John Wesley, the founder of Methodism, was an ordained Anglican priest. He considered Methodism to be a renewal movement within the Church of England and resisted attempts to make it a denomination in itself.
It is interesting to see how Wesley’s theology changed over time.
Later in life, Wesley would claim he had been an “almost Christian” during his early career. Why? Because he believed in salvation-by-works, not in justification by faith apart from works.
You see that in his early teaching.
As a young priest, Wesley went to the new colony of Georgia to be a missionary to the Indians. What message did he share when he evangelized them?
In his Journals, Wesley records a conversation with two Chickasaw Indian chiefs. The questions (Q) come from Wesley; the answers (A), from the Chickasaw:
Q. Where do the souls of white men go after death?
A. We can’t tell. We have not been.
Q. Our belief is that the souls of bad men only walk up and down, but the souls of good men go up.
A. I believe so too (Works of John Wesley, 18:167).
How does the soul go up, according to Wesley?
You “go up” if you’re good. You go down if you’re bad.
That’s salvation by works.
Later, Wesley records an evangelistic conversation he had with “a young Negro.” This is what he told her:
“But why do you think he made us, what did he make you and me for?” “I can’t tell.” “He made you to live with himself, above the sky. And so you will, in a little time—if you are good. If you are good, when your body dies your soul will go up, and want nothing, and have whatever you can desire” (Works of John Wesley, 18:180).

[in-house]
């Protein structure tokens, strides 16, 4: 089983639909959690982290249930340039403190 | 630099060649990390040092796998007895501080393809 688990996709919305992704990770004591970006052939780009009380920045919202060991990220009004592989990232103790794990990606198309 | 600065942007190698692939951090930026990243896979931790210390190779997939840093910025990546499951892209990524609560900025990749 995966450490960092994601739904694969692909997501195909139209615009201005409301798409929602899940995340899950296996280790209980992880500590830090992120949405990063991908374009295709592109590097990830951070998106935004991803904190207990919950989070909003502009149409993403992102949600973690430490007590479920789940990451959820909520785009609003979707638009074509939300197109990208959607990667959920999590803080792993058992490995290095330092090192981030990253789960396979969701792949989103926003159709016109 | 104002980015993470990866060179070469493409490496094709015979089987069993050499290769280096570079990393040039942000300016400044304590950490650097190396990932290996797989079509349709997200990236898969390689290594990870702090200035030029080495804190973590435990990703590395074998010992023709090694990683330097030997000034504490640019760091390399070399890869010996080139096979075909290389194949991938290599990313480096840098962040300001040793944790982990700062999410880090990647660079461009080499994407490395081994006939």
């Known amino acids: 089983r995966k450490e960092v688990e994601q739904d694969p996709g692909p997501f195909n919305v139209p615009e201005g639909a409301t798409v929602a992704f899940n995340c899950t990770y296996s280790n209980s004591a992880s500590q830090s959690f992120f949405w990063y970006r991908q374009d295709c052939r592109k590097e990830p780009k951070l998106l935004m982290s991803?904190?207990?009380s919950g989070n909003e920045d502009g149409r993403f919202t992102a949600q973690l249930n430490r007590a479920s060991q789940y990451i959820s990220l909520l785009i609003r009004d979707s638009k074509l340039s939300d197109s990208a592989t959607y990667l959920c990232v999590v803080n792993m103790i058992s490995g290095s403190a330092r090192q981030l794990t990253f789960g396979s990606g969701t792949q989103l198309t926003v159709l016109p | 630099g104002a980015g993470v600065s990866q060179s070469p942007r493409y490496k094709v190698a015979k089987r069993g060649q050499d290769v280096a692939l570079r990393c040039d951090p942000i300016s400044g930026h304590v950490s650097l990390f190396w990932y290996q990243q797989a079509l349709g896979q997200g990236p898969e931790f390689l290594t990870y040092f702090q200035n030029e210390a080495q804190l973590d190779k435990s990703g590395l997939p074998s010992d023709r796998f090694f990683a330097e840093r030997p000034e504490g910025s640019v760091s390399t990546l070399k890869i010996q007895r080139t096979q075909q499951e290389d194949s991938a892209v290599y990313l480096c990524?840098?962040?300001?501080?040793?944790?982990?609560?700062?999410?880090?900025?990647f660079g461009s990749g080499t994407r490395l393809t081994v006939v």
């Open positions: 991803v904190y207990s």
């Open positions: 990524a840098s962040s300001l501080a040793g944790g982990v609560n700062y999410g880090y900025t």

What is the condition for going to heaven, according to the young Wesley? Being good.
Wesley failed as a missionary and soon returned to England. There he joined with a Moravian small group, and during a reading of Martin Luther’s Preface to the book of Romans, Wesley came to believe in justification by faith apart from works, and gained assurance of his salvation. This became known as his “Aldersgate experience,” named after the road where the small group met.
From that time on, Wesley had a shocking testimony. He told people that he had not been a Christian up to that point. And neither, he thought, were most people in the Church of England.
That claim caused much controversy. People were shocked and offended. How could Wesley not have been a Christian? Wasn’t he baptized and ordained?
And how could he call into question their Christianity? They went to Church. They heard the Word of God. They took the sacraments. They believed in God and Jesus. Why weren’t they saved?
Nevertheless, Wesley insisted, they were “almost Christians.” Why “almost”? Because despite everything else they believed and did, they had not yet believed the saving message. They had not yet believed in Jesus for salvation.
During his initial crossing to Georgia, a Moravian had asked Wesley, “Do you know Jesus Christ?”
“I know He is the Saviour of the world,” Wesley answered.
“True,” the Moravian replied, “but do you know He has saved you?” (Works of John Wesley, 18:146).
Do you know that? Or are you an “almost Christian”?